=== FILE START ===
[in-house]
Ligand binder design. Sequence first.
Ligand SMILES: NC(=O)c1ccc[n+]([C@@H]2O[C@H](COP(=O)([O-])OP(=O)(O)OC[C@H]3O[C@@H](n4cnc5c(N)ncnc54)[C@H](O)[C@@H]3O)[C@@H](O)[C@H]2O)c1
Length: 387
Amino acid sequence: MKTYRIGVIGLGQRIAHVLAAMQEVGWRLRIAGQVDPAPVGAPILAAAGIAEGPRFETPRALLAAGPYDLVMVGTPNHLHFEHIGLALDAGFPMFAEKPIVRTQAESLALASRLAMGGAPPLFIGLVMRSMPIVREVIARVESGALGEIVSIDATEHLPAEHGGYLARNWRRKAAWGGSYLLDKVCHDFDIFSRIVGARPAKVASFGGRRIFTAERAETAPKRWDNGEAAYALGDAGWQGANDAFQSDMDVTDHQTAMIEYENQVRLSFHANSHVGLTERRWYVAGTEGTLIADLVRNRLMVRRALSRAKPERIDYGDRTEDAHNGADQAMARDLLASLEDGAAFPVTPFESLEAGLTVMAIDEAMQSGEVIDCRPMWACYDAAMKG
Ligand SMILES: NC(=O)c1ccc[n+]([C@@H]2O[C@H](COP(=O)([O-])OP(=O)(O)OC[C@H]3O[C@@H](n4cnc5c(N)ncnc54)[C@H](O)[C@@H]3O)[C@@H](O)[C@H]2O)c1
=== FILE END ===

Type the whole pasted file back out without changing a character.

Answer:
[in-house]
Ligand binder design. Sequence first.
Ligand SMILES: NC(=O)c1ccc[n+]([C@@H]2O[C@H](COP(=O)([O-])OP(=O)(O)OC[C@H]3O[C@@H](n4cnc5c(N)ncnc54)[C@H](O)[C@@H]3O)[C@@H](O)[C@H]2O)c1
Length: 387
Amino acid sequence: MKTYRIGVIGLGQRIAHVLAAMQEVGWRLRIAGQVDPAPVGAPILAAAGIAEGPRFETPRALLAAGPYDLVMVGTPNHLHFEHIGLALDAGFPMFAEKPIVRTQAESLALASRLAMGGAPPLFIGLVMRSMPIVREVIARVESGALGEIVSIDATEHLPAEHGGYLARNWRRKAAWGGSYLLDKVCHDFDIFSRIVGARPAKVASFGGRRIFTAERAETAPKRWDNGEAAYALGDAGWQGANDAFQSDMDVTDHQTAMIEYENQVRLSFHANSHVGLTERRWYVAGTEGTLIADLVRNRLMVRRALSRAKPERIDYGDRTEDAHNGADQAMARDLLASLEDGAAFPVTPFESLEAGLTVMAIDEAMQSGEVIDCRPMWACYDAAMKG
Ligand SMILES: NC(=O)c1ccc[n+]([C@@H]2O[C@H](COP(=O)([O-])OP(=O)(O)OC[C@H]3O[C@@H](n4cnc5c(N)ncnc54)[C@H](O)[C@@H]3O)[C@@H](O)[C@H]2O)c1